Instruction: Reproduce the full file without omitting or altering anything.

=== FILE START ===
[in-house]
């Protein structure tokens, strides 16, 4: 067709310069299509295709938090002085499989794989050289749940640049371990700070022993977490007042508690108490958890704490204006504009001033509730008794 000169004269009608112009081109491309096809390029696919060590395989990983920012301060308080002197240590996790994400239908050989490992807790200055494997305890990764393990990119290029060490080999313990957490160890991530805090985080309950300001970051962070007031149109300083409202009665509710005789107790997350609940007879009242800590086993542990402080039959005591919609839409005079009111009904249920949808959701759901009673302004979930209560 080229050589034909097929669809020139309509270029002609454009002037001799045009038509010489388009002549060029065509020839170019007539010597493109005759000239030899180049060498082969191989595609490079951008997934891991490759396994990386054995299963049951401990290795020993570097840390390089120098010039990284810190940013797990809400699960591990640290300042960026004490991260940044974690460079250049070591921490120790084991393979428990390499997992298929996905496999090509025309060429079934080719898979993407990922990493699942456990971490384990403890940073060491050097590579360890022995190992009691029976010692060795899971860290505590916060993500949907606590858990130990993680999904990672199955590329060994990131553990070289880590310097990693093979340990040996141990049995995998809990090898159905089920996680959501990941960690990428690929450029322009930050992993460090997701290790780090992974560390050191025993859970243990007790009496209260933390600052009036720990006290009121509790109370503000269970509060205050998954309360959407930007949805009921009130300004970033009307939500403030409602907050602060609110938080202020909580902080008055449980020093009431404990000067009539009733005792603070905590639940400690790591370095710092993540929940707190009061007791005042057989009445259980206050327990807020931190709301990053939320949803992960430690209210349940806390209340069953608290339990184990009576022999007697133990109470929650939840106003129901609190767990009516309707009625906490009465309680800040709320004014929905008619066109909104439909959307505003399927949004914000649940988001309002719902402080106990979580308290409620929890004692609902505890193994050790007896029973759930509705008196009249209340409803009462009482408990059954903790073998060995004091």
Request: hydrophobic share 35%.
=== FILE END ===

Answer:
[in-house]
């Protein structure tokens, strides 16, 4: 067709310069299509295709938090002085499989794989050289749940640049371990700070022993977490007042508690108490958890704490204006504009001033509730008794 000169004269009608112009081109491309096809390029696919060590395989990983920012301060308080002197240590996790994400239908050989490992807790200055494997305890990764393990990119290029060490080999313990957490160890991530805090985080309950300001970051962070007031149109300083409202009665509710005789107790997350609940007879009242800590086993542990402080039959005591919609839409005079009111009904249920949808959701759901009673302004979930209560 080229050589034909097929669809020139309509270029002609454009002037001799045009038509010489388009002549060029065509020839170019007539010597493109005759000239030899180049060498082969191989595609490079951008997934891991490759396994990386054995299963049951401990290795020993570097840390390089120098010039990284810190940013797990809400699960591990640290300042960026004490991260940044974690460079250049070591921490120790084991393979428990390499997992298929996905496999090509025309060429079934080719898979993407990922990493699942456990971490384990403890940073060491050097590579360890022995190992009691029976010692060795899971860290505590916060993500949907606590858990130990993680999904990672199955590329060994990131553990070289880590310097990693093979340990040996141990049995995998809990090898159905089920996680959501990941960690990428690929450029322009930050992993460090997701290790780090992974560390050191025993859970243990007790009496209260933390600052009036720990006290009121509790109370503000269970509060205050998954309360959407930007949805009921009130300004970033009307939500403030409602907050602060609110938080202020909580902080008055449980020093009431404990000067009539009733005792603070905590639940400690790591370095710092993540929940707190009061007791005042057989009445259980206050327990807020931190709301990053939320949803992960430690209210349940806390209340069953608290339990184990009576022999007697133990109470929650939840106003129901609190767990009516309707009625906490009465309680800040709320004014929905008619066109909104439909959307505003399927949004914000649940988001309002719902402080106990979580308290409620929890004692609902505890193994050790007896029973759930509705008196009249209340409803009462009482408990059954903790073998060995004091």
Request: hydrophobic share 35%.